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Will Your Own Business Be a Huge Success? These 8 Predictors Can Tell the Answer

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Will Your Own Business Be a Huge Success? These 8 Predictors Can Tell the Answer

Business success is defined by starting with selling every unit with a gross margin of 50 percent or maybe more, building a patent and other intellectual property, and continuous product improvement.

What Are Critical Success Factors (CSF) and How They Can Make Your Business Success Measurable

Critical success factors are usually known as common to many entrepreneurs or businessmen that assist management in measuring whether they are on course in achieving their goals.

With services, running the business often suggests cloning yourself, since you would be the intellectual property and the competitive advantage. You have no shelf life, so you can’t generate income while you sleep. Recently, I read a post published by Deborah A. Bailey saying 5 questions you should ask yourself before going into business.[1] It is pertinent to answer these questions before rushing into any venture.

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Little business owners and professionals desire a way of gauging their success, but the benchmarks for one business type may be different from another type of business. In addition, critical success factors are common to most businesses that assist management in measuring whether they are not deviating from the set goals.

Let’s discuss the factors which can make contributions massive to your success.

Monetary Success Factors

Most business owners will first measure success in conditions of financial factors. But, while a business needs to generate income to survive, if the right technology and workforce are certainly not in place, profits will be more elusive. Using the monetary factor, according to Tribal Lending Company[2] which says making profits are a vital measure of success along with positive cash flow, variable costs and other miscellaneous but financial success indicators can also be different from one industry to another.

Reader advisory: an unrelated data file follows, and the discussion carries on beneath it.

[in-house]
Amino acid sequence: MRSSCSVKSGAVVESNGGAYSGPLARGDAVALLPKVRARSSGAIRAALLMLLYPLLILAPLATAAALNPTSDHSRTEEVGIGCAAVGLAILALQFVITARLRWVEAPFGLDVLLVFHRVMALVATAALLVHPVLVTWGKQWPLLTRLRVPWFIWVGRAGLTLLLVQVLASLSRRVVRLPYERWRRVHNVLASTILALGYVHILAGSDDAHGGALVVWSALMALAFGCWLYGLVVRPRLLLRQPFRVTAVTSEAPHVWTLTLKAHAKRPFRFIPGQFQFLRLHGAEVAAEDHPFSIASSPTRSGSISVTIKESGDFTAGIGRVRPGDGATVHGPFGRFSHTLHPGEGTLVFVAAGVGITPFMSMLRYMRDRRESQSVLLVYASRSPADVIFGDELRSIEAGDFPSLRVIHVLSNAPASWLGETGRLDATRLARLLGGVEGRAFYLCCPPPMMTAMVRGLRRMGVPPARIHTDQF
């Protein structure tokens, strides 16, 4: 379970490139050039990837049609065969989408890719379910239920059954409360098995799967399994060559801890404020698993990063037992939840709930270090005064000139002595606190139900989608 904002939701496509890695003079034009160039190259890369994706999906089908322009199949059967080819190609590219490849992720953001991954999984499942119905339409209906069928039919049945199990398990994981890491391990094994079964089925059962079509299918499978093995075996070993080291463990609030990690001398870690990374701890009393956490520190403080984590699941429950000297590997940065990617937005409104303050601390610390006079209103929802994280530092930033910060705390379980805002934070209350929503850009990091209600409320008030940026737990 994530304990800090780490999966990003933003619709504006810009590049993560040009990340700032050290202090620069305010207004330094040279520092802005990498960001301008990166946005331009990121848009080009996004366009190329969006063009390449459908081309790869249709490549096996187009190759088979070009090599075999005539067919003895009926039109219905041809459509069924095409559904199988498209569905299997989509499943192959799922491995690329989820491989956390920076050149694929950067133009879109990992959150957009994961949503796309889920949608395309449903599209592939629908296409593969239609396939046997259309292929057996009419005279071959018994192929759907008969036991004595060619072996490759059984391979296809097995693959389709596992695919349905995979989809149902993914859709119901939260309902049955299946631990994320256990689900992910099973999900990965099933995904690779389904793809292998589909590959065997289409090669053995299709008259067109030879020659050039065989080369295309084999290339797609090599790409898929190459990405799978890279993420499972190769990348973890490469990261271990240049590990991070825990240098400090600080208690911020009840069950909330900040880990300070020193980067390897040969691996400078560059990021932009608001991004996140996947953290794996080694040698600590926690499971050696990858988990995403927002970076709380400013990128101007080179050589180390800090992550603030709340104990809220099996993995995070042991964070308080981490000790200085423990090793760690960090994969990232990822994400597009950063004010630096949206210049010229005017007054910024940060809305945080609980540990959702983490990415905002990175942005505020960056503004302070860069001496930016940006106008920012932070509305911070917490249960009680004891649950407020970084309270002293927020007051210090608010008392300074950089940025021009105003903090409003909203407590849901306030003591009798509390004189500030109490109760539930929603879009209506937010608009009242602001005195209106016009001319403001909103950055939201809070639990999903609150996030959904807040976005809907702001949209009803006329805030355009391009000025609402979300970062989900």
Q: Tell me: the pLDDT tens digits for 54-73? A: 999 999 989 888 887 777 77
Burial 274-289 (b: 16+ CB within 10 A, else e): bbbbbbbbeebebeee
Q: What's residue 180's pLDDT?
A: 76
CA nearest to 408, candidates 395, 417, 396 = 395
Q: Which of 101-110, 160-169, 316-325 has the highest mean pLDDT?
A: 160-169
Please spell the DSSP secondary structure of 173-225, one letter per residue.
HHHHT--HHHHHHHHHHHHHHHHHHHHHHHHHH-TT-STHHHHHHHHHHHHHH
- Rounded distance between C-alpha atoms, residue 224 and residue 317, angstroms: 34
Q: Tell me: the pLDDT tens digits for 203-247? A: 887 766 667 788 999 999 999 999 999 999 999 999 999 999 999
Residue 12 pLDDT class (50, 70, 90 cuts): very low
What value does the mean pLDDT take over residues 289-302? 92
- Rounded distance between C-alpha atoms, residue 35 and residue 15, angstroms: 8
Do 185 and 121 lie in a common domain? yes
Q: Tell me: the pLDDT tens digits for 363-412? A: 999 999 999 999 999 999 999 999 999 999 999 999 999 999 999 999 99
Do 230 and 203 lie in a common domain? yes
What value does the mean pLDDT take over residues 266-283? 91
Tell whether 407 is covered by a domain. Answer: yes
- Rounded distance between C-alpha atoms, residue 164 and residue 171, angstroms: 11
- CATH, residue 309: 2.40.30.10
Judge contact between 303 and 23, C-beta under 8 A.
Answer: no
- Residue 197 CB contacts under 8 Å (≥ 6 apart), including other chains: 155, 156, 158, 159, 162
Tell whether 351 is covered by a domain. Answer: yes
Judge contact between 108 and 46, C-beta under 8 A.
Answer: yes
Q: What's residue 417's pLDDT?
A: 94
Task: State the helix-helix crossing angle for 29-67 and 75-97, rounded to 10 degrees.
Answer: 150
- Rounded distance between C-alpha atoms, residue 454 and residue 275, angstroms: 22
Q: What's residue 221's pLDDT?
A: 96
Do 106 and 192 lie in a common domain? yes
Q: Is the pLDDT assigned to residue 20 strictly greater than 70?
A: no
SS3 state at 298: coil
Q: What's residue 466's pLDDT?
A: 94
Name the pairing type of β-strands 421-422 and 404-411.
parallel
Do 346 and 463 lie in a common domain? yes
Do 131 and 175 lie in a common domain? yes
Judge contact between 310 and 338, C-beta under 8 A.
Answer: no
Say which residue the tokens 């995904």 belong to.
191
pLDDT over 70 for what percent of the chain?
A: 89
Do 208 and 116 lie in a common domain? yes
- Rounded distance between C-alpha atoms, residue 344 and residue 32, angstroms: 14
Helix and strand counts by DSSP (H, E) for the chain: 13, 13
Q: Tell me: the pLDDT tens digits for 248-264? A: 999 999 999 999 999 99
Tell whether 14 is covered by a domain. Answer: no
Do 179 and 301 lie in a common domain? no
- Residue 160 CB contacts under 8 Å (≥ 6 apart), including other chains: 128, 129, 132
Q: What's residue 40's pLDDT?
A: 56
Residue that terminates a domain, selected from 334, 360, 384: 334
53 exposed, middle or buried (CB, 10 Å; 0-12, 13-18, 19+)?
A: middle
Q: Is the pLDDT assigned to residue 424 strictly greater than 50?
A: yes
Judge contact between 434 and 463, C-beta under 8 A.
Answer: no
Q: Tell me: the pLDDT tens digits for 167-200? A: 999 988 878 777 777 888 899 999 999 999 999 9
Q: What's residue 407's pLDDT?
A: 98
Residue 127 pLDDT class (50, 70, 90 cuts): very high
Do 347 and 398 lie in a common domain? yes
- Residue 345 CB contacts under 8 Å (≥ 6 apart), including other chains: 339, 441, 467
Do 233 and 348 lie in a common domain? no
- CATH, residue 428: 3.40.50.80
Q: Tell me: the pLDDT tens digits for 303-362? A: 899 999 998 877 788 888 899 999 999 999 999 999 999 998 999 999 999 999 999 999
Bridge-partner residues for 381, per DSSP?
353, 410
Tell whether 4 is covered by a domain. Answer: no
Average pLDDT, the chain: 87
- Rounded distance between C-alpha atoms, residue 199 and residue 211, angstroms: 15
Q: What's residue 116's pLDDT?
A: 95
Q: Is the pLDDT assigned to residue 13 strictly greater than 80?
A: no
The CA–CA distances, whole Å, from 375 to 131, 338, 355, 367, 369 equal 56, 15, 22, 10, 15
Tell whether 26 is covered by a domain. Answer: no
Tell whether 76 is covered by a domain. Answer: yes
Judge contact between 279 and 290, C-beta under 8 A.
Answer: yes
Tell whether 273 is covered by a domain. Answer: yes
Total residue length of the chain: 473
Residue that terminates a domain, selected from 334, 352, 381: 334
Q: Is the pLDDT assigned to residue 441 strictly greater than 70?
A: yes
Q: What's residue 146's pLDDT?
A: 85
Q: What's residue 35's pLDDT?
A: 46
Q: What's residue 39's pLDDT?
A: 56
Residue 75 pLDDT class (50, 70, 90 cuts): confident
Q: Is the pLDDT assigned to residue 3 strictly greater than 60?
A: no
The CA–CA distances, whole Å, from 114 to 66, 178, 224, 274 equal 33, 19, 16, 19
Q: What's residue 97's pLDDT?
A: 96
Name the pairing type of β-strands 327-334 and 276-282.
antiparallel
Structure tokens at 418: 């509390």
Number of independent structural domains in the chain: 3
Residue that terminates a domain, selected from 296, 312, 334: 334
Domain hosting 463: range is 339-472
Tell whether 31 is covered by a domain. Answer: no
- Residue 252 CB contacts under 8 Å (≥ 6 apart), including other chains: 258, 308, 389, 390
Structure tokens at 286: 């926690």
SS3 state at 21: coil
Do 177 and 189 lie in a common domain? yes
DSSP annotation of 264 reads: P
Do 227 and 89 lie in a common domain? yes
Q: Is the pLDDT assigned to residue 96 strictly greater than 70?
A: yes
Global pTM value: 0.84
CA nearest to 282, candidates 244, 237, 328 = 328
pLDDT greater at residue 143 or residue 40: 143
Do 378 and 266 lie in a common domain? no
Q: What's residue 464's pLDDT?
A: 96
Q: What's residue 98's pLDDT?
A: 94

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Technology Utilization

Avoid keeping up-to-date with technology at the own peril. The company which utilizes technology to open up new markets, provide customers, increase efficiency and new product and service development has the better chance of besting competition. This success factor, along with your motivated staff, can also help you weather business downturns.

Employee Attitudes

Attitudes drive behaviours that cause change. If your employees do not take initiative, make suggestions, happily stay overdue when necessary and attempt to do their best work all the time, your business will certainly stagnate. A key business success factor is a motivated and committed labor force. Without that, no amount of vision and planning will provide the construction for growth and wealth.

Marketing Consistency

Many organizations make the mistake of not carefully supervising their marketing message. They have different messages venturing out to the same audience at the same time which confuses potential and current prospects. Companies with a constant message across all media platforms, such as websites, paid media and other kinds of marketing security, are the more successful marketers. Let me borrow from the powerful words of one social marketer who believes Instagram marketing [3] and twitter marketing have been effective in this current 21st century of ours. He says, marketing consistency is profitable factor that any company should never overlook.